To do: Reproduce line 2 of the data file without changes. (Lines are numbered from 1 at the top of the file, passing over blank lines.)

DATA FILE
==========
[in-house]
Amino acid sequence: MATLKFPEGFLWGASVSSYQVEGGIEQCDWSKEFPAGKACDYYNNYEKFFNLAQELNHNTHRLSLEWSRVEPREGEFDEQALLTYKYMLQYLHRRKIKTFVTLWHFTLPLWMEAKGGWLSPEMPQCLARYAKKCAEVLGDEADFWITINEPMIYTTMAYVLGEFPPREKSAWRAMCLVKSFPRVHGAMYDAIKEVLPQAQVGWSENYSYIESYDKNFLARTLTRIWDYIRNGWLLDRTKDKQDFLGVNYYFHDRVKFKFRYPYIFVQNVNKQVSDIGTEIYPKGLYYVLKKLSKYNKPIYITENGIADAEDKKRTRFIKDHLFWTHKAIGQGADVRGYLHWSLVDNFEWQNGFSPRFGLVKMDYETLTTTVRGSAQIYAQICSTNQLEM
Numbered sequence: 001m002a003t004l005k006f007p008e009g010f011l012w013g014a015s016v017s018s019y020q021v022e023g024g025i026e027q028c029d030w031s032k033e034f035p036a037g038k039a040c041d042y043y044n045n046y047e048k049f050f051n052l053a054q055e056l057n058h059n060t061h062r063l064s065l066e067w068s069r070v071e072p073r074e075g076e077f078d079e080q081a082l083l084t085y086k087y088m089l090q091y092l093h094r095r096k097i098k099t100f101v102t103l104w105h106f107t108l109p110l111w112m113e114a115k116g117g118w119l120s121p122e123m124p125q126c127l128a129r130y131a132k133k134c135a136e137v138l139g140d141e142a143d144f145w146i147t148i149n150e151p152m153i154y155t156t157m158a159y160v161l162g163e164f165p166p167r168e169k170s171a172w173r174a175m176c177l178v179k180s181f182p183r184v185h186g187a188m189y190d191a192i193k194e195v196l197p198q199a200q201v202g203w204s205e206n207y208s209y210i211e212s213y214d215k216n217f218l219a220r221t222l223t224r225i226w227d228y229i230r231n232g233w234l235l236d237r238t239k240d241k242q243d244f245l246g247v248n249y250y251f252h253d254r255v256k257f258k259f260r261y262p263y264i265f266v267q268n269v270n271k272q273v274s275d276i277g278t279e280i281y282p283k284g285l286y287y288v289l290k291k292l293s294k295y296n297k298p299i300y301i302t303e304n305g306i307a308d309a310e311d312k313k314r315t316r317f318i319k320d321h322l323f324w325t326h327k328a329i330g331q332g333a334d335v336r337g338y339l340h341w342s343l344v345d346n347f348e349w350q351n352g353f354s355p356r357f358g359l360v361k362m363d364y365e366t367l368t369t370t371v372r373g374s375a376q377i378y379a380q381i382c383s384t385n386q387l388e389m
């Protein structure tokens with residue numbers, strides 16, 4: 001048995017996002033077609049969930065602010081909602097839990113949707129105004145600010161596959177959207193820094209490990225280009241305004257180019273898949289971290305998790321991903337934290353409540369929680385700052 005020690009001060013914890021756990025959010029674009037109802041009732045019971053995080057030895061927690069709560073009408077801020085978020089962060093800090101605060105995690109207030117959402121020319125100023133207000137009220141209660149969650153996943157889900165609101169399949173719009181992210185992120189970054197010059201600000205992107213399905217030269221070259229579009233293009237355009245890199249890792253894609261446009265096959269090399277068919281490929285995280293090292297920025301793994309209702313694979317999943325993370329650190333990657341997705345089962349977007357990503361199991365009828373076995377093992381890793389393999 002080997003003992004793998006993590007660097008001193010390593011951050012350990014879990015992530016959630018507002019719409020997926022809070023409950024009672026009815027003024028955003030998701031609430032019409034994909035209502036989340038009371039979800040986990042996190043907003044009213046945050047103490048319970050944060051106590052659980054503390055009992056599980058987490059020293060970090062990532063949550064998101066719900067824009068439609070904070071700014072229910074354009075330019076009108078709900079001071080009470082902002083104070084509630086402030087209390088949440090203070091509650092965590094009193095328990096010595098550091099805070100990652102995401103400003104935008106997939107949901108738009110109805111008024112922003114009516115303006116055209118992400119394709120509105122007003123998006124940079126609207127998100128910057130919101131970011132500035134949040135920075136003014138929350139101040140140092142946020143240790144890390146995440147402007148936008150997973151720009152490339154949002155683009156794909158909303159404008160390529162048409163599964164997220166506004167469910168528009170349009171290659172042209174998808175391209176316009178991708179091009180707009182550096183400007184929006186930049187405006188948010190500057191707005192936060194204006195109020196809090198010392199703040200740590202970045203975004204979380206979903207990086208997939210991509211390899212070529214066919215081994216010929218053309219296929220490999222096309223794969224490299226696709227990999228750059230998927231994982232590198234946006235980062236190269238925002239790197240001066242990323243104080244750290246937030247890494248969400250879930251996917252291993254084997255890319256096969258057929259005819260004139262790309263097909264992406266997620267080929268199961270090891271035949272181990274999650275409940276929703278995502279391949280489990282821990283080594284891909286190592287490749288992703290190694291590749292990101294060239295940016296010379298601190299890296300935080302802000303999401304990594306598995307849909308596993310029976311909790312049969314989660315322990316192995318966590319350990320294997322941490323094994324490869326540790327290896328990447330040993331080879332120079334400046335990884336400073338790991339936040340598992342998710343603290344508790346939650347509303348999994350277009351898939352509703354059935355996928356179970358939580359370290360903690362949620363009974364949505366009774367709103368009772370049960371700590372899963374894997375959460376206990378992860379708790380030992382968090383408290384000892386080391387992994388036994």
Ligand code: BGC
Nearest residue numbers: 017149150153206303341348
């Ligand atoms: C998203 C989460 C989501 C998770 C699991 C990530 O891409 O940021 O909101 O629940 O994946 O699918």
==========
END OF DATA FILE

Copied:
Amino acid sequence: MATLKFPEGFLWGASVSSYQVEGGIEQCDWSKEFPAGKACDYYNNYEKFFNLAQELNHNTHRLSLEWSRVEPREGEFDEQALLTYKYMLQYLHRRKIKTFVTLWHFTLPLWMEAKGGWLSPEMPQCLARYAKKCAEVLGDEADFWITINEPMIYTTMAYVLGEFPPREKSAWRAMCLVKSFPRVHGAMYDAIKEVLPQAQVGWSENYSYIESYDKNFLARTLTRIWDYIRNGWLLDRTKDKQDFLGVNYYFHDRVKFKFRYPYIFVQNVNKQVSDIGTEIYPKGLYYVLKKLSKYNKPIYITENGIADAEDKKRTRFIKDHLFWTHKAIGQGADVRGYLHWSLVDNFEWQNGFSPRFGLVKMDYETLTTTVRGSAQIYAQICSTNQLEM